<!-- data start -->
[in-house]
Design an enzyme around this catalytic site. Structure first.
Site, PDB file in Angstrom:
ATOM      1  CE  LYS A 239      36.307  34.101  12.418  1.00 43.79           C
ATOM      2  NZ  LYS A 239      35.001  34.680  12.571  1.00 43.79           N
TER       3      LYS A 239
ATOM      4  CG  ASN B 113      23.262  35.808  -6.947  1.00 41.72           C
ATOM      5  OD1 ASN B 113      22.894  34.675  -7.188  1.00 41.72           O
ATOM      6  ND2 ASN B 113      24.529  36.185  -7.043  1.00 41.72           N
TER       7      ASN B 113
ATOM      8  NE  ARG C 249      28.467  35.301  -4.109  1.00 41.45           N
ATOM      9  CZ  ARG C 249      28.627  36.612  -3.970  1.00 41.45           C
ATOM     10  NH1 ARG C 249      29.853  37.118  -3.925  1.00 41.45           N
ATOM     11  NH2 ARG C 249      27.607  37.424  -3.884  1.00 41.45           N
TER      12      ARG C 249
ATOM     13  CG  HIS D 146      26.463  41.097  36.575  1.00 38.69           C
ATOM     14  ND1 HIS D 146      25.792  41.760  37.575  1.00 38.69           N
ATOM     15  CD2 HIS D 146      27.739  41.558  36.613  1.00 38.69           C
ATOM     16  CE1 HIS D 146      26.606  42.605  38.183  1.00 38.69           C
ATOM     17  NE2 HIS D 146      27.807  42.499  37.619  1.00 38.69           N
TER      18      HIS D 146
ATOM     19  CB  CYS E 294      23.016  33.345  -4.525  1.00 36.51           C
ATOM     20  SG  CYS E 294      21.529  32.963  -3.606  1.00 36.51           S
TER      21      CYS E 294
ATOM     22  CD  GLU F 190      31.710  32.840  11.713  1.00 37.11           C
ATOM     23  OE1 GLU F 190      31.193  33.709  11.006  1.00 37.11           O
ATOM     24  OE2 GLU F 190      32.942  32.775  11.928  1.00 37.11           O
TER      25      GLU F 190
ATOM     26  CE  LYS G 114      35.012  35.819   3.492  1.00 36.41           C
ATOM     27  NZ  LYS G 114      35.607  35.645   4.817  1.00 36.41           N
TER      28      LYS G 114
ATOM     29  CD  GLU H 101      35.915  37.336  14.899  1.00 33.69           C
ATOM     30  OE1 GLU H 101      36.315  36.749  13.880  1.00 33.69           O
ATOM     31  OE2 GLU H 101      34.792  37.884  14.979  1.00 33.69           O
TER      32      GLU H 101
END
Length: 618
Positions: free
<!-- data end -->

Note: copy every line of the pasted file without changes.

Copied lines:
[in-house]
Design an enzyme around this catalytic site. Structure first.
Site, PDB file in Angstrom:
ATOM      1  CE  LYS A 239      36.307  34.101  12.418  1.00 43.79           C
ATOM      2  NZ  LYS A 239      35.001  34.680  12.571  1.00 43.79           N
TER       3      LYS A 239
ATOM      4  CG  ASN B 113      23.262  35.808  -6.947  1.00 41.72           C
ATOM      5  OD1 ASN B 113      22.894  34.675  -7.188  1.00 41.72           O
ATOM      6  ND2 ASN B 113      24.529  36.185  -7.043  1.00 41.72           N
TER       7      ASN B 113
ATOM      8  NE  ARG C 249      28.467  35.301  -4.109  1.00 41.45           N
ATOM      9  CZ  ARG C 249      28.627  36.612  -3.970  1.00 41.45           C
ATOM     10  NH1 ARG C 249      29.853  37.118  -3.925  1.00 41.45           N
ATOM     11  NH2 ARG C 249      27.607  37.424  -3.884  1.00 41.45           N
TER      12      ARG C 249
ATOM     13  CG  HIS D 146      26.463  41.097  36.575  1.00 38.69           C
ATOM     14  ND1 HIS D 146      25.792  41.760  37.575  1.00 38.69           N
ATOM     15  CD2 HIS D 146      27.739  41.558  36.613  1.00 38.69           C
ATOM     16  CE1 HIS D 146      26.606  42.605  38.183  1.00 38.69           C
ATOM     17  NE2 HIS D 146      27.807  42.499  37.619  1.00 38.69           N
TER      18      HIS D 146
ATOM     19  CB  CYS E 294      23.016  33.345  -4.525  1.00 36.51           C
ATOM     20  SG  CYS E 294      21.529  32.963  -3.606  1.00 36.51           S
TER      21      CYS E 294
ATOM     22  CD  GLU F 190      31.710  32.840  11.713  1.00 37.11           C
ATOM     23  OE1 GLU F 190      31.193  33.709  11.006  1.00 37.11           O
ATOM     24  OE2 GLU F 190      32.942  32.775  11.928  1.00 37.11           O
TER      25      GLU F 190
ATOM     26  CE  LYS G 114      35.012  35.819   3.492  1.00 36.41           C
ATOM     27  NZ  LYS G 114      35.607  35.645   4.817  1.00 36.41           N
TER      28      LYS G 114
ATOM     29  CD  GLU H 101      35.915  37.336  14.899  1.00 33.69           C
ATOM     30  OE1 GLU H 101      36.315  36.749  13.880  1.00 33.69           O
ATOM     31  OE2 GLU H 101      34.792  37.884  14.979  1.00 33.69           O
TER      32      GLU H 101
END
Length: 618
Positions: free